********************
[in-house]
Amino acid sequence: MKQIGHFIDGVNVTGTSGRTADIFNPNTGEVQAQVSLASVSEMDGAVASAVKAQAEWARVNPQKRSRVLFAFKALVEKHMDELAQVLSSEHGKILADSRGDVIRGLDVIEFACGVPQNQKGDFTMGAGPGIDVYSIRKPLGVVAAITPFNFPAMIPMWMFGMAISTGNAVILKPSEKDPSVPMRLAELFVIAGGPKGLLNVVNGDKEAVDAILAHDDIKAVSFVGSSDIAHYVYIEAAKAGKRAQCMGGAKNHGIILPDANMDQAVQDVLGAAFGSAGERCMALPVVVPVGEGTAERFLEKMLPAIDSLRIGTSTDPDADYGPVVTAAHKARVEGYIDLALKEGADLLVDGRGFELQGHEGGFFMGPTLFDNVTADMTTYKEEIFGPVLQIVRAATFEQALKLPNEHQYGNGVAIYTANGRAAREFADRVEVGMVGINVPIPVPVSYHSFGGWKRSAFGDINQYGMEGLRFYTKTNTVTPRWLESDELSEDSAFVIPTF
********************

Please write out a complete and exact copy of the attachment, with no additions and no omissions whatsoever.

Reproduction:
[in-house]
Amino acid sequence: MKQIGHFIDGVNVTGTSGRTADIFNPNTGEVQAQVSLASVSEMDGAVASAVKAQAEWARVNPQKRSRVLFAFKALVEKHMDELAQVLSSEHGKILADSRGDVIRGLDVIEFACGVPQNQKGDFTMGAGPGIDVYSIRKPLGVVAAITPFNFPAMIPMWMFGMAISTGNAVILKPSEKDPSVPMRLAELFVIAGGPKGLLNVVNGDKEAVDAILAHDDIKAVSFVGSSDIAHYVYIEAAKAGKRAQCMGGAKNHGIILPDANMDQAVQDVLGAAFGSAGERCMALPVVVPVGEGTAERFLEKMLPAIDSLRIGTSTDPDADYGPVVTAAHKARVEGYIDLALKEGADLLVDGRGFELQGHEGGFFMGPTLFDNVTADMTTYKEEIFGPVLQIVRAATFEQALKLPNEHQYGNGVAIYTANGRAAREFADRVEVGMVGINVPIPVPVSYHSFGGWKRSAFGDINQYGMEGLRFYTKTNTVTPRWLESDELSEDSAFVIPTF